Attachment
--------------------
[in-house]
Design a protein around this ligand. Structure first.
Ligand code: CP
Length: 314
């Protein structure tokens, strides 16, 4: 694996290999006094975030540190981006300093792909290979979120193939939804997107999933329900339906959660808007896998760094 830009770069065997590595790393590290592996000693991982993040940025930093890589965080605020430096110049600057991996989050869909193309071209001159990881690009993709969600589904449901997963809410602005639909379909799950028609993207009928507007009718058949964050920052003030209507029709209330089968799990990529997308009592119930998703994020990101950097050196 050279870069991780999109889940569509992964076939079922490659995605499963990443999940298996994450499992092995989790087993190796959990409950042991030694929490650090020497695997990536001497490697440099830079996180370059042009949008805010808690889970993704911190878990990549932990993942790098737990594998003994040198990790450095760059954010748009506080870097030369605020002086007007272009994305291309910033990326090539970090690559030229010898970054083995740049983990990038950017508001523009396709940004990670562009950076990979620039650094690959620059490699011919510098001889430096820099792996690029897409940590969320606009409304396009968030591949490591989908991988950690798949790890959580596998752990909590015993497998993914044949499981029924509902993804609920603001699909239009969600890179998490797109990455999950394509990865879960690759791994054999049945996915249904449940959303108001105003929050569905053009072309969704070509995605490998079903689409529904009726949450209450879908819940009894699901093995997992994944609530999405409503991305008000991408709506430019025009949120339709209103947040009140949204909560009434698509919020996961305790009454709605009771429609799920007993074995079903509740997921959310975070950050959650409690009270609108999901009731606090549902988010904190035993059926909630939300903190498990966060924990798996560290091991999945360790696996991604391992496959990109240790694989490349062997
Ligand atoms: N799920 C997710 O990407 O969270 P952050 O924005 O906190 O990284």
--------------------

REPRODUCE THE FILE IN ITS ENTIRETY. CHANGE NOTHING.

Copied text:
[in-house]
Design a protein around this ligand. Structure first.
Ligand code: CP
Length: 314
């Protein structure tokens, strides 16, 4: 694996290999006094975030540190981006300093792909290979979120193939939804997107999933329900339906959660808007896998760094 830009770069065997590595790393590290592996000693991982993040940025930093890589965080605020430096110049600057991996989050869909193309071209001159990881690009993709969600589904449901997963809410602005639909379909799950028609993207009928507007009718058949964050920052003030209507029709209330089968799990990529997308009592119930998703994020990101950097050196 050279870069991780999109889940569509992964076939079922490659995605499963990443999940298996994450499992092995989790087993190796959990409950042991030694929490650090020497695997990536001497490697440099830079996180370059042009949008805010808690889970993704911190878990990549932990993942790098737990594998003994040198990790450095760059954010748009506080870097030369605020002086007007272009994305291309910033990326090539970090690559030229010898970054083995740049983990990038950017508001523009396709940004990670562009950076990979620039650094690959620059490699011919510098001889430096820099792996690029897409940590969320606009409304396009968030591949490591989908991988950690798949790890959580596998752990909590015993497998993914044949499981029924509902993804609920603001699909239009969600890179998490797109990455999950394509990865879960690759791994054999049945996915249904449940959303108001105003929050569905053009072309969704070509995605490998079903689409529904009726949450209450879908819940009894699901093995997992994944609530999405409503991305008000991408709506430019025009949120339709209103947040009140949204909560009434698509919020996961305790009454709605009771429609799920007993074995079903509740997921959310975070950050959650409690009270609108999901009731606090549902988010904190035993059926909630939300903190498990966060924990798996560290091991999945360790696996991604391992496959990109240790694989490349062997
Ligand atoms: N799920 C997710 O990407 O969270 P952050 O924005 O906190 O990284």